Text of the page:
Multi-core CPU question


Jul 9, 2009
I've learnt from the threads here that unless a software is specifically written to take advantage of a dual-core or quad-core CPU, it will run as a single thread and so the multi-core CPU will offer hardly any performance advantage.
Right now, many laptops and desktops are dual-core. I am planning to assemble a PC soon, but thought of getting a quad-core. Now, after reading the article, I realize that I don't want to purchase a CPU that would not be of much use to me.
My uses will chiefly be email, media (photo management by digicam), maybe watching some DivX movies or sometimes using Visual Studio or some other IDE.
Not processor crunching, but I need help determining what's good for me. Does anyone know of any software that we use daily that makes use of our dual-core CPU's?


Jan 27, 2009
If you multitask, multiple cores always helps. I'm not entirely sure whether Visual Studio is multithreaded or not (never bothered to check, always trying to get stuff done and make sure there's no errors before I turn the assignment in) but I would assume it is. It should be, at the very least.
I've learnt from the threads here that unless a software is specifically written to take advantage of a dual-core or quad-core CPU, it will run as a single thread and so the multi-core CPU will offer hardly any performance advantage.

This is true... If you take the very myopic view that the only application that matters is the one you happen to be running at the time.

Understand that with multiple cores, different apps/threads can/will be run in different locations. And if you're thinking you only use one app at a time, take a look in your process monitor at the dozens of processes running. Even when you aren't doing anything yourself. Wouldn't it be nice if that stuff could be run on a core other than the one you are using for your (Game/App)?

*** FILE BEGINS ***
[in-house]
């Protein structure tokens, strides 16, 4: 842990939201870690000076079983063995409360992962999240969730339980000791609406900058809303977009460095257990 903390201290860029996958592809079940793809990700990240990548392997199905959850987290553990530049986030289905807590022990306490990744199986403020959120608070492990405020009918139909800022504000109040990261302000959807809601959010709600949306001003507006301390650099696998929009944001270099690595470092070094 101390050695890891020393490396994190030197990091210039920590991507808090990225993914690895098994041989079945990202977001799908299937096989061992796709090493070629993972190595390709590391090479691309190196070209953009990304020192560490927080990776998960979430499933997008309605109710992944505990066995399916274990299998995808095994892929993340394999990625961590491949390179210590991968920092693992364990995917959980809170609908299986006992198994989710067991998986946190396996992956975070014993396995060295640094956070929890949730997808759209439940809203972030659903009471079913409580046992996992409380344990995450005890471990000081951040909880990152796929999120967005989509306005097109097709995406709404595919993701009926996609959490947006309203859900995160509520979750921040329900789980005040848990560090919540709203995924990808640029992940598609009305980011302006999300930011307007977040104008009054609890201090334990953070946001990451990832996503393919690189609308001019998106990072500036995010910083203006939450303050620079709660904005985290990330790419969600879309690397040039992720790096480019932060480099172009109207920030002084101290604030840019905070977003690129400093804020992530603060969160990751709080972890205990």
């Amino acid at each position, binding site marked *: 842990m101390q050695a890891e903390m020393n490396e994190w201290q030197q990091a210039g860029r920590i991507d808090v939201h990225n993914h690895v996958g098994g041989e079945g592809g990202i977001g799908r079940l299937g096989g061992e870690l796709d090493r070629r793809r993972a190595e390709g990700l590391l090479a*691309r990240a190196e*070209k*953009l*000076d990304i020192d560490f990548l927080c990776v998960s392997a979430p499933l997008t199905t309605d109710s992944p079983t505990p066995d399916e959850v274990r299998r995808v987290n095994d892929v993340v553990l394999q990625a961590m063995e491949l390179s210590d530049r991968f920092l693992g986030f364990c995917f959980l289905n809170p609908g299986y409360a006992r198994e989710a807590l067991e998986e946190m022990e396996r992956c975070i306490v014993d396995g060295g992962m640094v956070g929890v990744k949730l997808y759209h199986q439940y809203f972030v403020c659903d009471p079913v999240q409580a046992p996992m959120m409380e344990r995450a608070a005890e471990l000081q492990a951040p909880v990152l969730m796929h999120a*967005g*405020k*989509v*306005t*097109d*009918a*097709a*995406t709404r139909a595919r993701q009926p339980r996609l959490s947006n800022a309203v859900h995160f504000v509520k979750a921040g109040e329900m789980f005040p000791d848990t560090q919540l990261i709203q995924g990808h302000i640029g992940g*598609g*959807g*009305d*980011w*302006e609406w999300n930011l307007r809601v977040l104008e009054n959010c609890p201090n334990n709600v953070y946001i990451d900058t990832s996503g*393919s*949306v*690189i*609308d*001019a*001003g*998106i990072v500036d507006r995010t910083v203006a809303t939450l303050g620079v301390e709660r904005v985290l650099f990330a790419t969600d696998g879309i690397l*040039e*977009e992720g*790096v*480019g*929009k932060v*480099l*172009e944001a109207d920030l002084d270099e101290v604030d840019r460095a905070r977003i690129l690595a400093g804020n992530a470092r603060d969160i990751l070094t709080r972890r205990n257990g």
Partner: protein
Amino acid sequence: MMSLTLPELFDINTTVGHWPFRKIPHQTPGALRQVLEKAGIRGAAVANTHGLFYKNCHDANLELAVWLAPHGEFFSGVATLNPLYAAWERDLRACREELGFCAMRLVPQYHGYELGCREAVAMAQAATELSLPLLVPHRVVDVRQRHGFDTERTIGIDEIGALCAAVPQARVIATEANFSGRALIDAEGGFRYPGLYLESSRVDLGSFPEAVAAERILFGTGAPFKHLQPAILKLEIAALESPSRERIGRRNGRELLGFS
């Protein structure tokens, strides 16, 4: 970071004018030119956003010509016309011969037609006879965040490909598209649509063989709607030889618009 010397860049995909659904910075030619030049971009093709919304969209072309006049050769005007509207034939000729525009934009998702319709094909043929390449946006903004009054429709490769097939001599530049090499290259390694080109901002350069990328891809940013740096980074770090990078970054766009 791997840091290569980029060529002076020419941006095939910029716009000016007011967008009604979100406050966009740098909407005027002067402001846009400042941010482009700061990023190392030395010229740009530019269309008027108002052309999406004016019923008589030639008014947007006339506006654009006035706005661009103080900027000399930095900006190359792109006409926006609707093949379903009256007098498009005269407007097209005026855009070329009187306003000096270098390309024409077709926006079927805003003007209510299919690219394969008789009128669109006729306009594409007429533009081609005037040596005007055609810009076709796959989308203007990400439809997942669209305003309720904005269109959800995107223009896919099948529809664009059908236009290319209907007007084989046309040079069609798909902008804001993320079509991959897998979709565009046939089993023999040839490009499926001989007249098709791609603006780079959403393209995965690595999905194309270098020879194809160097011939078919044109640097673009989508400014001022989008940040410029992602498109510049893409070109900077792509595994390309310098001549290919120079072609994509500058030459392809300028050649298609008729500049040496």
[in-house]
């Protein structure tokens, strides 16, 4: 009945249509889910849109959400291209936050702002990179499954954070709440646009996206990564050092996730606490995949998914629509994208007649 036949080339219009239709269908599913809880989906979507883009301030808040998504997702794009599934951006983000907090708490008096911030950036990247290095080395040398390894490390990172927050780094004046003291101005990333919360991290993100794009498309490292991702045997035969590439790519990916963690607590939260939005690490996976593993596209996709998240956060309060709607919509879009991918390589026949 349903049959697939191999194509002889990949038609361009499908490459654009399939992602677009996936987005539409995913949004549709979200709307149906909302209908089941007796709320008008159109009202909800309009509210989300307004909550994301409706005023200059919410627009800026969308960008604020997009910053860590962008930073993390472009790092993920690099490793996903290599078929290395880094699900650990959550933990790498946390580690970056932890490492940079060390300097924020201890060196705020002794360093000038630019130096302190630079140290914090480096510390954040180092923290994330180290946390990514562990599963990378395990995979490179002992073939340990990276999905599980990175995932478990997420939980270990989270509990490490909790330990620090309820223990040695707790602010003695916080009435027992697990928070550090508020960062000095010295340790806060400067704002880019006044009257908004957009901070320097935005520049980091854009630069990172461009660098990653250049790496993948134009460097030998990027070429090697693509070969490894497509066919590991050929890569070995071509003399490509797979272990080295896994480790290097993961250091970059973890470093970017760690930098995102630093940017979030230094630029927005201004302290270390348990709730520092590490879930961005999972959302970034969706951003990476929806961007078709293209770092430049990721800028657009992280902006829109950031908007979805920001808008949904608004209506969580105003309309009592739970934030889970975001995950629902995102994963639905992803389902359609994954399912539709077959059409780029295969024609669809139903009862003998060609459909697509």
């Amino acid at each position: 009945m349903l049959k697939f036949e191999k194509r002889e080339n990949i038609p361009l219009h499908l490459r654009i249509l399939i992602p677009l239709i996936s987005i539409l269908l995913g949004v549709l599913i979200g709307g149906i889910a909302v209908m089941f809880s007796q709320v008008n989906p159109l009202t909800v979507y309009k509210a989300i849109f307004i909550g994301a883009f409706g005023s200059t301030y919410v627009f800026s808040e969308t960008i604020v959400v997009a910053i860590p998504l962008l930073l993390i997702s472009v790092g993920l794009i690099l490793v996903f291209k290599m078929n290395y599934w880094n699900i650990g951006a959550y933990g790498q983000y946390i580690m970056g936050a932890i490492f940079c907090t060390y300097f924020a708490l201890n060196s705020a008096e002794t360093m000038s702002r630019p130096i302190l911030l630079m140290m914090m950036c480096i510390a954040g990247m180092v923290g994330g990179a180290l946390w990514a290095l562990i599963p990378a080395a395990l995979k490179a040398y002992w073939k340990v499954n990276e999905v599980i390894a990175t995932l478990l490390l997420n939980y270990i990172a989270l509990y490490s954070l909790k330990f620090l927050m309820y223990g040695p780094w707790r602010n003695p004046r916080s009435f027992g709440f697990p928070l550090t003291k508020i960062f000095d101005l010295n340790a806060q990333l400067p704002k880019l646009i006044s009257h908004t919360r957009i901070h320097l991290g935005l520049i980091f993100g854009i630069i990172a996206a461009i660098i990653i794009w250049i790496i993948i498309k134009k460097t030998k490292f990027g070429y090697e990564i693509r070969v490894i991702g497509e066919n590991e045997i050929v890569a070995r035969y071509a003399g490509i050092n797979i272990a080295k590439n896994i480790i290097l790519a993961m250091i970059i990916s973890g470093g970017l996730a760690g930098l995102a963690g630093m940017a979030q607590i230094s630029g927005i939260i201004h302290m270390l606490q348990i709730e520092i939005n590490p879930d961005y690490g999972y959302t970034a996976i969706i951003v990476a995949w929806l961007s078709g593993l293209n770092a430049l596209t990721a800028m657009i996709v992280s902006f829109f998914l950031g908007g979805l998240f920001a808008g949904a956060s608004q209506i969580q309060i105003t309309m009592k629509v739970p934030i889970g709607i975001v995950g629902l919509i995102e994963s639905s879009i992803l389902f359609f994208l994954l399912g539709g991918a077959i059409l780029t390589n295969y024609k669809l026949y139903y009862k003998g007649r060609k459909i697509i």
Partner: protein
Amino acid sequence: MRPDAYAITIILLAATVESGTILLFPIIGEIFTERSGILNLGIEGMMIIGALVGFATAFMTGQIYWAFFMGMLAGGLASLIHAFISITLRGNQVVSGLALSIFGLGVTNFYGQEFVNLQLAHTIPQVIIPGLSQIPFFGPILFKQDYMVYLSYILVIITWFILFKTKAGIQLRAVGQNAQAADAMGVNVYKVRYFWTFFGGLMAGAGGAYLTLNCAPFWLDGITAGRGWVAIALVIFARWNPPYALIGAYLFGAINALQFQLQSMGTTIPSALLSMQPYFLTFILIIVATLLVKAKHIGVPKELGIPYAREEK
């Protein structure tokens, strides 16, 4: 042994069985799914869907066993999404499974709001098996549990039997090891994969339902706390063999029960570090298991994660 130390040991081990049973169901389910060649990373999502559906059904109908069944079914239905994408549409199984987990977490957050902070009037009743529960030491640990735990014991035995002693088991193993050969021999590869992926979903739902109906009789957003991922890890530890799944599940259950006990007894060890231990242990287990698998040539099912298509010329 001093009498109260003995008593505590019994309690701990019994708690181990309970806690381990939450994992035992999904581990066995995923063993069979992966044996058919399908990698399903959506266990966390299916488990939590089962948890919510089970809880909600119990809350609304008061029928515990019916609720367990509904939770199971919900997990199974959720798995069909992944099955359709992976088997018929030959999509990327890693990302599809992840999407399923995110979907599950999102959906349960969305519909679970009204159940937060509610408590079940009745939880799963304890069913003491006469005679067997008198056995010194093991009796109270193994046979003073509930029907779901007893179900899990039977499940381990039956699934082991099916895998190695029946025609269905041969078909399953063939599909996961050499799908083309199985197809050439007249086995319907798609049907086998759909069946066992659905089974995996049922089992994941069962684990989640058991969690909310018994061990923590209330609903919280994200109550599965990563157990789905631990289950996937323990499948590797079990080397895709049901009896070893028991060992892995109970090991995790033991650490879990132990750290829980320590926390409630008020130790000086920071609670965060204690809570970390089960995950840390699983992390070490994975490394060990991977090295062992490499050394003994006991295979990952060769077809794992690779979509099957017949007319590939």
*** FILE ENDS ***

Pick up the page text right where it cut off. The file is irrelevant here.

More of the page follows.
Now - In that light, you may want to rethink the value of a multi core processor.


Jul 9, 2009
Very well then. Why would a higher clocked CPU (e.g.say an Athlon Windsor) not help as compared to say a Phenom that I'd use?
Also, apart from antivirus, CAD and video-editing applications, is there anything else that we use in 64-bit right now? Like Office, etc.?

...because Clock Speed is not the primary driver behind performance any more. It's how many "Instructions Per Clock" the overall architecture is capable of.

check for yourself:,6.html


Feb 24, 2006

You'll have to take all this advice with a grain of salt. You ask this question on an enthusiast computer site, where many of the members have top of the line computer hardware. Some are so far removed from budget hardware that they become disillusioned on the capabilities of entry level stuff. I run a single core processor daily, a Celeron 420 running at 2.66GHz and it performs quite well. I rarely encode anything and play relatively old games, so the vast majority of anything I do is purely single threaded. I definitely would not recommend single core to you, but a dual core is not such a bad thing, especially one at higher clocks, such as the Phenom 550. Of course, you could always compromise a little and get a triple core Phenom 720, which is also very reasonably priced.
Dual core is good because it insulates you from interference by other tasks.
For example, you may be web surfing when a antivirus scan starts up. With a dual core, you will not notice much.
For your purposes, any modern dual core cpu based on 45nm technology should serve you well.